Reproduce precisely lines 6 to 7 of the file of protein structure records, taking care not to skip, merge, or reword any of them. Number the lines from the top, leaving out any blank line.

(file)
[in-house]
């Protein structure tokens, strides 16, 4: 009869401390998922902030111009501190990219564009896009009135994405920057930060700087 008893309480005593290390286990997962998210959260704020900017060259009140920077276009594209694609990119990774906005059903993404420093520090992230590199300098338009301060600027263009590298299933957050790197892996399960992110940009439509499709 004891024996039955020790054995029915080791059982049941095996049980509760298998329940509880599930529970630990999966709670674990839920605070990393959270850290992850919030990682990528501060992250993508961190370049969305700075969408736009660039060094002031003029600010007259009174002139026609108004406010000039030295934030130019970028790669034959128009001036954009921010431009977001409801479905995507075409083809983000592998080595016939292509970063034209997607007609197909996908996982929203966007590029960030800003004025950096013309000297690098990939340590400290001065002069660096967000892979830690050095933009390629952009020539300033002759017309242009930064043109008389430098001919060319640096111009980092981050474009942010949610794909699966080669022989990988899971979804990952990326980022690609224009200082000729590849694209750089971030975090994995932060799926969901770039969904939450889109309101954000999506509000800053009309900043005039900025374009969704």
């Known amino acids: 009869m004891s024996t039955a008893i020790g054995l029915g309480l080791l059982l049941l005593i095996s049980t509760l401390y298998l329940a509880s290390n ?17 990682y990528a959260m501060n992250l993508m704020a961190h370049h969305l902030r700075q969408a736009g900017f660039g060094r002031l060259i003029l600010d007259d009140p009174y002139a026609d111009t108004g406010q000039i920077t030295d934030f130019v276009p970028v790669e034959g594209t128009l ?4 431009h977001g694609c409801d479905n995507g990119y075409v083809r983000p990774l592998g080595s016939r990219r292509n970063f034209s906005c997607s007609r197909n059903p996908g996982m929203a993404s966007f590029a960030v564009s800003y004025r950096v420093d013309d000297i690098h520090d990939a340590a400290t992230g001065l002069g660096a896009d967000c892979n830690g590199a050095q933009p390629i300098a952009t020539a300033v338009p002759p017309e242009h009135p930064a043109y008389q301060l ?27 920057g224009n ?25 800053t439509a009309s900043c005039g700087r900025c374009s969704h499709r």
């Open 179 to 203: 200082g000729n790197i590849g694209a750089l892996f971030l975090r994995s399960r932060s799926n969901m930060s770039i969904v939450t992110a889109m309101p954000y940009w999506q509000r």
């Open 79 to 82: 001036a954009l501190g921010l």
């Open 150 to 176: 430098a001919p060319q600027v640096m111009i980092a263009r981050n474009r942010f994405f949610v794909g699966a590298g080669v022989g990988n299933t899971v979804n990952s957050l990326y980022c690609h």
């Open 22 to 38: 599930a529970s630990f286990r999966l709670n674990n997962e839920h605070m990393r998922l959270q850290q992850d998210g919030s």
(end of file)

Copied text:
């Open 150 to 176: 430098a001919p060319q600027v640096m111009i980092a263009r981050n474009r942010f994405f949610v794909g699966a590298g080669v022989g990988n299933t899971v979804n990952s957050l990326y980022c690609h």
């Open 22 to 38: 599930a529970s630990f286990r999966l709670n674990n997962e839920h605070m990393r998922l959270q850290q992850d998210g919030s």